A morel mushroom, with characteristic pits and ridges in its cap, emerges from the new spring growth at Neal Smith National Wildlife Refuge. The fruiting body of a below-ground fungus, the morel is also known as a sponge mushroom and is considered a delicacy by many.
Mushroom Madness Finds a Welcome at Several National Wildlife Refuges
Timing is everything, enthusiasts say, when stalking the wild morel. When the first spring rains dampen the forest floor, that's the signal to join other boot–clad, basket–carrying fungiphiles in search of the edible spring mushroom. Among the best places to find the elusive delicacy: some National Wildlife Refuges, particularly in the Midwest.
"You have to come when the weather is right," says Charlie Marshall, park ranger at Squaw Creek National Wildlife Refuge in Missouri, where mushroom–hunting season runs April 10 to May 20. "If you miss the window, the forest understory is too great and you can't find them."
Morels, the fruiting bodies of a below–ground fungus, are among the few fruits visitors can pick on selected refuges. No permit or registration is required. "Mushrooms are important indicators of a vibrant forest," says Greg Corace, a forester at Seney National Wildlife Refuge in Michigan. The refuge is open to morel hunters in early spring.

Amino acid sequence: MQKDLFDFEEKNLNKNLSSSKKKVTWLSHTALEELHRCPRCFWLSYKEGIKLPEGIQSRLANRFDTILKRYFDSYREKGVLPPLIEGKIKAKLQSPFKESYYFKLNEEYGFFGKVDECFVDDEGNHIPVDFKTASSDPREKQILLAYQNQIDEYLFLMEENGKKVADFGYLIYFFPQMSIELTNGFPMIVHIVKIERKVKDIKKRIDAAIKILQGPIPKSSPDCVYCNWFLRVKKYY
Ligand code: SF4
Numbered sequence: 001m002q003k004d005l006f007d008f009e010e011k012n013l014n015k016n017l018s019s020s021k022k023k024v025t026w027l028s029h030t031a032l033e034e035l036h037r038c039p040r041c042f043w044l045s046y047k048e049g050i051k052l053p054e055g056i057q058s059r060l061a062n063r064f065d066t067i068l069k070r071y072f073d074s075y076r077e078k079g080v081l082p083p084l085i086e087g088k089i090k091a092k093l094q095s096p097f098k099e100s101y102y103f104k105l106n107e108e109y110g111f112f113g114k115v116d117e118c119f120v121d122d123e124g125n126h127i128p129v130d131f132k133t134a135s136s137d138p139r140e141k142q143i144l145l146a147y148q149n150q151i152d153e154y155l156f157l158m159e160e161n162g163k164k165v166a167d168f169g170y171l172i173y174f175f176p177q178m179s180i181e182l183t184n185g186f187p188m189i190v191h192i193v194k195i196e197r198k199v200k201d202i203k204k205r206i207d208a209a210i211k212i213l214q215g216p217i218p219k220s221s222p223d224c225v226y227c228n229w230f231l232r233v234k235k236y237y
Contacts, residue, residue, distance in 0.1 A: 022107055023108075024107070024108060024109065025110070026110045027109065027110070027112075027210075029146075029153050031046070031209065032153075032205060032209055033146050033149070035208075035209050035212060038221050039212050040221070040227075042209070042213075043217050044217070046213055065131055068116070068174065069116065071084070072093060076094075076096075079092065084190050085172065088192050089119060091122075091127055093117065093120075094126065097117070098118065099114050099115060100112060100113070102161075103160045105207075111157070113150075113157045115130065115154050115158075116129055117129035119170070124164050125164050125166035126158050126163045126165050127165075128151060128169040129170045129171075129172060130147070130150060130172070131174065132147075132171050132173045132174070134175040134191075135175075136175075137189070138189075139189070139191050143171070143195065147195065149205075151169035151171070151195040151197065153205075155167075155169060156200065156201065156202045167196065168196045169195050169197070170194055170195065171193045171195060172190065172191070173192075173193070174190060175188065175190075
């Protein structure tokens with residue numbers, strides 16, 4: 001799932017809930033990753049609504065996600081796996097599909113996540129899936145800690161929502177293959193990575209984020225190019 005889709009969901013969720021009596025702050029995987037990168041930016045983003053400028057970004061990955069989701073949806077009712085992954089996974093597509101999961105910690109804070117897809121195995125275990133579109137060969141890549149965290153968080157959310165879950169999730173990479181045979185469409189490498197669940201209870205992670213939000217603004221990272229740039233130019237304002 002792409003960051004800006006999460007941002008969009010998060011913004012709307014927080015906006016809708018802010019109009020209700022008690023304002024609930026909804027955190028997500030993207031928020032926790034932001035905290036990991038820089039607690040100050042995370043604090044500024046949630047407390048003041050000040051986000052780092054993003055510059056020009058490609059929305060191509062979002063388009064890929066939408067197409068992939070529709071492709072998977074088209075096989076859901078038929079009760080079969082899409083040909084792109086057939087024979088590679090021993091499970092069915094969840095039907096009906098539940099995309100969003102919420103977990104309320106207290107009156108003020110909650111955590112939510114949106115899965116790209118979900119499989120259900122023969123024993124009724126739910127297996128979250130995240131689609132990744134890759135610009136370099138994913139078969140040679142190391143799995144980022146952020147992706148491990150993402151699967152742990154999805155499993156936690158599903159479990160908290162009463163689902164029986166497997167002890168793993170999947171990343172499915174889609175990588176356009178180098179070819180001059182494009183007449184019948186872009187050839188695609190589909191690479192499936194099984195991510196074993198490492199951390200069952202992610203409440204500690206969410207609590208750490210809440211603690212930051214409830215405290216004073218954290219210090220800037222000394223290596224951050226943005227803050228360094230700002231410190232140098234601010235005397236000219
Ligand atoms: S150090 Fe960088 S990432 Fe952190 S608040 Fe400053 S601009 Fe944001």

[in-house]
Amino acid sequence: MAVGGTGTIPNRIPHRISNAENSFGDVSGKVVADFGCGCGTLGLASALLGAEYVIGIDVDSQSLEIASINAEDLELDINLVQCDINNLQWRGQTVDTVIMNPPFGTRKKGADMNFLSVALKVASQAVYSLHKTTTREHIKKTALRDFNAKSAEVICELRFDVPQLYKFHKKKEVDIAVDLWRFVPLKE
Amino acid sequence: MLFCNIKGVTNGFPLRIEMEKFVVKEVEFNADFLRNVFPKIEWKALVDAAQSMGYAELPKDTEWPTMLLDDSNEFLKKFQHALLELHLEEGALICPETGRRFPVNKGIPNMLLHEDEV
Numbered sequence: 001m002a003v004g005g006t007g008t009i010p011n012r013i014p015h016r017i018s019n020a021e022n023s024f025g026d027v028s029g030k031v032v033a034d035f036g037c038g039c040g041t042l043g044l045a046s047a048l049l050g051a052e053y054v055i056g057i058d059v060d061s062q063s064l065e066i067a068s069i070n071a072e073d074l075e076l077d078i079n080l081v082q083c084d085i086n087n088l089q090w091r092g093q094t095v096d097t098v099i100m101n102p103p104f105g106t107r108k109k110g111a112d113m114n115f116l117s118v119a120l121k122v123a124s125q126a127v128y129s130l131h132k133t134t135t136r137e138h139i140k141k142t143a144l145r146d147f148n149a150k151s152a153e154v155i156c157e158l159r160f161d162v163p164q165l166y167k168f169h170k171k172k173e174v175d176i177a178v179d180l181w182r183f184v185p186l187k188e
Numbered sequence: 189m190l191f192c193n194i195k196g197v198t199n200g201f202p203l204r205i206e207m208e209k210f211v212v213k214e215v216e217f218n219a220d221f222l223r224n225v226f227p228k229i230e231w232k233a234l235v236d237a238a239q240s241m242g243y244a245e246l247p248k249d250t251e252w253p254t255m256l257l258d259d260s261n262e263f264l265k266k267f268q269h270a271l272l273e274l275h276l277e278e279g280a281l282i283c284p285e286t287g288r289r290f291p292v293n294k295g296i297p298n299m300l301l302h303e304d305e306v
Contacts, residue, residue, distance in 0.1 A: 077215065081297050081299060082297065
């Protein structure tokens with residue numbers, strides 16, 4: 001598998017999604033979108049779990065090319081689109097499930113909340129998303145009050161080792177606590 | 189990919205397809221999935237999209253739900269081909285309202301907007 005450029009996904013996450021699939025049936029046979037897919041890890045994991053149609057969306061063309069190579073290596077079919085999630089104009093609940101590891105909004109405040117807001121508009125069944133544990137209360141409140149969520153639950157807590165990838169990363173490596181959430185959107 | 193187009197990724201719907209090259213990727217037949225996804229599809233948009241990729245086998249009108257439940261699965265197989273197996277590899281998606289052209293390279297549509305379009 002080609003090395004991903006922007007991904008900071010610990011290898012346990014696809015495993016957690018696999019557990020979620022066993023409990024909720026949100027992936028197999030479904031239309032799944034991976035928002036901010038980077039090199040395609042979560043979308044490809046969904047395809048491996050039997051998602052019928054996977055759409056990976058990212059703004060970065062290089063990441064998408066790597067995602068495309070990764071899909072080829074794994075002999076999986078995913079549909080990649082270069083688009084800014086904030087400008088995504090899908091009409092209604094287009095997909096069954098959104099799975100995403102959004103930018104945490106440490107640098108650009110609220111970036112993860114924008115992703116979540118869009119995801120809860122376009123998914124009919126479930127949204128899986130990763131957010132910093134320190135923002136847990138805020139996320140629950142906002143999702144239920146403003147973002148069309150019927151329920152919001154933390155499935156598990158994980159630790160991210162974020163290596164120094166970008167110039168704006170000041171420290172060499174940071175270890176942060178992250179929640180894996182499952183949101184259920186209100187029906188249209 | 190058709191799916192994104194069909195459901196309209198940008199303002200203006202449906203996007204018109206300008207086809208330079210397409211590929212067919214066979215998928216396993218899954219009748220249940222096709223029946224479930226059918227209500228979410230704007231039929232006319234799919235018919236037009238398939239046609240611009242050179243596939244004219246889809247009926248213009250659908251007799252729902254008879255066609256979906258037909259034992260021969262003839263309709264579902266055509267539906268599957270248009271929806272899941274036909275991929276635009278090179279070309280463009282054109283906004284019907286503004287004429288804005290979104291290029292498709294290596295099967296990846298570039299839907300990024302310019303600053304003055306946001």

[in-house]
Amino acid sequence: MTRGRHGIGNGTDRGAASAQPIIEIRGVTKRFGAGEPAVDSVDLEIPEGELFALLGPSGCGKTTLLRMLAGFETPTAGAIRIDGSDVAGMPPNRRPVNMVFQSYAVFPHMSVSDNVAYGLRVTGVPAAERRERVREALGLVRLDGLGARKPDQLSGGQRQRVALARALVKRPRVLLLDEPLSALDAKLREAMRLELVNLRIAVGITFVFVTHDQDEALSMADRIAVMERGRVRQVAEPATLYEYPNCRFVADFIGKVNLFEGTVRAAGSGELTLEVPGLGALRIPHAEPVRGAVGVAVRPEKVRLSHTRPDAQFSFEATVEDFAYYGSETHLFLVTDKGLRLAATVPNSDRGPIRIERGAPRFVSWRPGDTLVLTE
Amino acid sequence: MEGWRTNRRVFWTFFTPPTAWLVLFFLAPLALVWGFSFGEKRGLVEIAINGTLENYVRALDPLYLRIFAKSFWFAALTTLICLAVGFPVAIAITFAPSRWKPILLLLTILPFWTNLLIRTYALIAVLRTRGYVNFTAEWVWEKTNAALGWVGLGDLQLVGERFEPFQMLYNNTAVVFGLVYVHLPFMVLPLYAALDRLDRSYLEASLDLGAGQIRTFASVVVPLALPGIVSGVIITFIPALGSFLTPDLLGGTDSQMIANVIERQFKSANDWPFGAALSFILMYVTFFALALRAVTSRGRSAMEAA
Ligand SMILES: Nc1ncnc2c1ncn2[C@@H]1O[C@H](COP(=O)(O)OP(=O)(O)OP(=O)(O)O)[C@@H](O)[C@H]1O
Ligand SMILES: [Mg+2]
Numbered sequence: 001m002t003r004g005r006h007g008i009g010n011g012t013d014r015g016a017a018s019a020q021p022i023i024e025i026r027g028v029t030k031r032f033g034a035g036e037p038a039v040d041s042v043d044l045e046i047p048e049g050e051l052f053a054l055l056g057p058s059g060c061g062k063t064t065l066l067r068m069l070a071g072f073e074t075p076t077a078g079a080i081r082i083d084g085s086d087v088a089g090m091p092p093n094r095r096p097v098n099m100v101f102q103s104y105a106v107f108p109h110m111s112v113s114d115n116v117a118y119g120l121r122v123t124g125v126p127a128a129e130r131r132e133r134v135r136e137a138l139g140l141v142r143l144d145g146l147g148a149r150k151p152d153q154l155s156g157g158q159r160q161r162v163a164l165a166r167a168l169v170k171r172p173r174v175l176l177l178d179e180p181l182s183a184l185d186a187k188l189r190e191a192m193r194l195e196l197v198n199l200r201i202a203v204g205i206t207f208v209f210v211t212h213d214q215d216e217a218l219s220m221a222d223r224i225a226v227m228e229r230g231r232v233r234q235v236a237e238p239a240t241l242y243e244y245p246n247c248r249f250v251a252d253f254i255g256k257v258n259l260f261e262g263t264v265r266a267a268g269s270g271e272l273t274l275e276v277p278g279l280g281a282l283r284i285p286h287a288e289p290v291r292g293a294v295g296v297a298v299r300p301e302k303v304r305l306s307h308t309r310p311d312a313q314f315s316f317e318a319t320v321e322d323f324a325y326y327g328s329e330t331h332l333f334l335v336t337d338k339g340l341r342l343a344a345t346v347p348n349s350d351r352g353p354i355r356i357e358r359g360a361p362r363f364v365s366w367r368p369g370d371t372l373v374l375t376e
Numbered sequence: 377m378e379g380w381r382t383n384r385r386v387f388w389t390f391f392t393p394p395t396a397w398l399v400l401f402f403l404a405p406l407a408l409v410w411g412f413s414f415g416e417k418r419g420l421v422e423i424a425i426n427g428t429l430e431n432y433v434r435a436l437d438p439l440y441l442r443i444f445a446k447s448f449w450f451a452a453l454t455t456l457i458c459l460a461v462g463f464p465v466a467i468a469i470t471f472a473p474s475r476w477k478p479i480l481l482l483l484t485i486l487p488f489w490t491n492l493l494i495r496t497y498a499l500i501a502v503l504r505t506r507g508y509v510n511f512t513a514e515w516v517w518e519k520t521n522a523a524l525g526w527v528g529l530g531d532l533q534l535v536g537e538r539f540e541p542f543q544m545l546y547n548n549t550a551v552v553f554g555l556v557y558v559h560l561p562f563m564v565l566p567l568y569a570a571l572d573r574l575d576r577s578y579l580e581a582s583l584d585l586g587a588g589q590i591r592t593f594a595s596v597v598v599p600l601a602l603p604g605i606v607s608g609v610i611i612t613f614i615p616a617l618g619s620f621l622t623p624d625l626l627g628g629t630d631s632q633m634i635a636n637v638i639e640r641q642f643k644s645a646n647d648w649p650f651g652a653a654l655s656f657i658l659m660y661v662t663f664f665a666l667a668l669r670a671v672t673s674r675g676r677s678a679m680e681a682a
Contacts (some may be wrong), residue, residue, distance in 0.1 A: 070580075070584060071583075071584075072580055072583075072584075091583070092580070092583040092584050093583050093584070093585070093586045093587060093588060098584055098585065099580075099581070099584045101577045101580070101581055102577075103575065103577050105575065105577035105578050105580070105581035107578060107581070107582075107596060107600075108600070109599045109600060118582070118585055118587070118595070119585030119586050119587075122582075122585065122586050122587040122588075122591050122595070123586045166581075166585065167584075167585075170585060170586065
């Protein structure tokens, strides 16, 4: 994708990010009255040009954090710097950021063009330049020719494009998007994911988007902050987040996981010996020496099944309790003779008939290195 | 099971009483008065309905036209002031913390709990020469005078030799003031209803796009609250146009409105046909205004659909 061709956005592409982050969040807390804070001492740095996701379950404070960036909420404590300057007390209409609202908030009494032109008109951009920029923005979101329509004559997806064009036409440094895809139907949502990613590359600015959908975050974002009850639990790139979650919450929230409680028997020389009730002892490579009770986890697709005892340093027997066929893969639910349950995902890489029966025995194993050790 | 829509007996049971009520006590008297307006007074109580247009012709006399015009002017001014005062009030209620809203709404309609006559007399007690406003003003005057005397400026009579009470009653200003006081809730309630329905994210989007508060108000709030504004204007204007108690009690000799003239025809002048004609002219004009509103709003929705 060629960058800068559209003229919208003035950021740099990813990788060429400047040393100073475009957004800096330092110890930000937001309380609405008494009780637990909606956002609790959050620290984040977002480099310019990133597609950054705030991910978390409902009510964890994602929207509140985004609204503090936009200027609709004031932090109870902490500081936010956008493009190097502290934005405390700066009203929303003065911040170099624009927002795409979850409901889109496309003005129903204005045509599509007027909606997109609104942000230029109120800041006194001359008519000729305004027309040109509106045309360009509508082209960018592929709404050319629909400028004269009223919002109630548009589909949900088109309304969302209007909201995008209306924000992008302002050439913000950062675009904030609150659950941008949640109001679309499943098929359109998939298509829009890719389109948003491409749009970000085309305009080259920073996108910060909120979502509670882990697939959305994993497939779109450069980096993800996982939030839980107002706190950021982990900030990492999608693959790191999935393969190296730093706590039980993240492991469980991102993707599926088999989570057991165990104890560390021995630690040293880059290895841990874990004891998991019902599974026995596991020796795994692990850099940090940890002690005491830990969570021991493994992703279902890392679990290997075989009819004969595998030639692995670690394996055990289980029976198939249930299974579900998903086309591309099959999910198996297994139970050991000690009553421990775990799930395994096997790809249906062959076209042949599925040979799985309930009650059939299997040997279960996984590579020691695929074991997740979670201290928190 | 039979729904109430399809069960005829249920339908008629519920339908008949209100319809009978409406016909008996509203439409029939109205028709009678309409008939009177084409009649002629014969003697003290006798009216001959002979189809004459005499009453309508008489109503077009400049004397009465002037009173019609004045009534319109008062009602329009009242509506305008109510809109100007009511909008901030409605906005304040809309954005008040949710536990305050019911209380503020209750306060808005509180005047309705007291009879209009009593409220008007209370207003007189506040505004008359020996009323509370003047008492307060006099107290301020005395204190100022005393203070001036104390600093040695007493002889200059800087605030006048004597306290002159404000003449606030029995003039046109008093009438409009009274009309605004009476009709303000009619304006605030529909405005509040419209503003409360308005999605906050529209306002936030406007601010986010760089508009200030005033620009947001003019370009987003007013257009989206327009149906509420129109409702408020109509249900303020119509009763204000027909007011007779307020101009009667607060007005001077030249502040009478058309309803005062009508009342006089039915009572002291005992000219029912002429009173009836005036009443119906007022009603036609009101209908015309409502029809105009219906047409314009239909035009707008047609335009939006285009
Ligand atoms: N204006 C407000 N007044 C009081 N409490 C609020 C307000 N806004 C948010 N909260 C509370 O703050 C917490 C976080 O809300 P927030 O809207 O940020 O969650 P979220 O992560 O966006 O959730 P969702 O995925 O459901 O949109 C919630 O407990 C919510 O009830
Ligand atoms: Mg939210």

For many, the morel's reputation as finicky and notoriously hard to spot just sweetens the chase.
Rod Hansen, a law enforcement officer at DeSoto National Wildlife Refuge in Iowa, picked up morel–hunting fever from his grandparents. Now he scours the woods each spring for the hollow, cone–shaped, spongy–looking mushroom, which can range from an inch to four inches in diameter. "Around here, the deer will get them before they get too big," he says. "I've had many times when I've come home with absolutely nothing. Then two years ago, my two daughters and I brought home the equivalent of two five–gallon bucketfuls." DeSoto welcomes morel hunters from April 15 until May 31.
Refuges ask visitors to pick in a conservation–conscious manner, gathering morels in a mesh or porous bag or basket, for example, so loose spores will re–seed refuge land. A few refuges limit mushroom–hunting to designated areas in order to protect wildlife habitat and to ensure public safety, such as DeSoto and Mingo National Wildlife Refuge in Missouri. Squaw Creek Refuge limits morel hunting to hills and bluffs to protect eagles and other birds nesting in its bottomland and marshes.
Mingo Refuge allows mushroom hunting from March 1 through September 15. Visitors can collect up to one gallon per day for personal use from designated areas.
Throughout the Refuge System restricted areas are well marked and morel hunters who disregard posted limits are subject to fines of up to $100,000 or 12 months in prison for trespassing and illegal take. All mushrooms picked are also forfeited.
Some wild mushrooms are poisonous. To avoid a possibly deadline mistake in mushroom identification, Squaw Creek Refuge makes available to visitors, on request, a copy of the publication Edible and Poisonous Mushrooms by Barbara Bassett. For an online version, see http://mdc.mo.gov/nathis/mushrooms/mushroom/. For more information about morels, including recipes, Hansen recommends: http://www.morelmushroom.info/.
And here's Rod Hansen's favorite morel recipe:
Clean morels; dip in beaten egg, then in flour and seasoning; deep fat fry or sauté battered morels.